The reality is that the proliferation of porn on the internet is not going away anytime soon, as it is such big business. Steve Jobs, the genius founder of Apple, caused a controversy when he was cited as saying he dreams of an internet devoid of porn. He is reported as declaring to a critic: “You may care more about p*rn once you have kids.” Apple does not allow applications that depict overtly sexual content but of course are powerless to stop what appears on the world wide web.

The Australian government’s report Adolescence, P*rn*graphy and Harm addresses some very real challenges parents and educators face in its conclusion:

Though restricting exposure will remain a priority, an over-reliance on this approach to protect against the perceived harms of p*rn*graphy is problematic as it fails to recognise the realities of ready availability and the high acceptance of pornography among young people. Moreover, it fails to examine the holistic way in which adolescents’ sexual expectations, attitudes and behaviours are shaped in our society and the complexity of factors that give rise to the cited harms. Protecting young people necessarily requires equipping them, and their caregivers, with adequate knowledge, skills and resources (e.g. media literacy; sex education; education about pornography and rights and responsibilities of sexual relationships; safe engagement with technologies) to enable successful navigation toward a sexually healthy adulthood, as well as tackling factors predisposing to sexual violence.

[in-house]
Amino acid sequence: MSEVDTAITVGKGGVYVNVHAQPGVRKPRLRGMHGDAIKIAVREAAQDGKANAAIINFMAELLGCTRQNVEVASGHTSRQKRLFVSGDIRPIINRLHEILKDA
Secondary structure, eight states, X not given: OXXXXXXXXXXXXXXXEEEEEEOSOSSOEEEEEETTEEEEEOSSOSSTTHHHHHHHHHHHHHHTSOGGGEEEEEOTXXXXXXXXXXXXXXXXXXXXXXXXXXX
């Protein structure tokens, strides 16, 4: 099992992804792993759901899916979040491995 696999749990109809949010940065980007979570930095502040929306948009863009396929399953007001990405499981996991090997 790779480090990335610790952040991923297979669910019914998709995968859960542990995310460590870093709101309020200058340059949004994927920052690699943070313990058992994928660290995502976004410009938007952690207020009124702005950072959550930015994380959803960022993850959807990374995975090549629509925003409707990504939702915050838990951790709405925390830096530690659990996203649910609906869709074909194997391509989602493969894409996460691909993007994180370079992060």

n229345874979_7801The internet can also be host to sites that are “temples to human cruelty”, a term Melinda Tankard Reist used to describe Facebook pages she alerted us to that depicted girls others viewed as “sluts”. Other pages I have seen that sickened me included one where people posted pictures of animals they had abused, and a page named “It’s not rape if you yell surprise.”  The image to the left is one taken from a Facebook page where members could discuss how they had used physical violence to “shut their bitch up”. A relative newcomer on the social networking scene is Formspring. Many parents are already telling me this site, which allows participants to ask others anonymous questions and post anonymous comments, is particularly frightening. It is very attractive to many teens as it is by its very nature confessional — “Ask me anything . . .”  Young people are often drawn to the notion of sharing secrets. However, most of the questions I have seen asked are really just designed to shock and hurt: “Are you really a slut, because everyone at school thinks you are.”

At my company, Enlighten Education, where we discuss a wide range of topics with young women in schools, including cyber safety and responsible use of technology, we have deliberately chosen not to run workshops on sexuality because families have their own values they wish to instil, and girls need to hear messages about sexuality at different ages, depending on their cognitive, emotional and physical development. We do believe, however, that by helping girls develop a strong sense of self, we are equipping them to be better able to make their own choices and to view themselves holistically – not just as a body but a heart, soul and mind, too.

In my book, The Butterfly Effect, I offer parents the following as part of an “Action Plan” to help raise healthy, whole young women: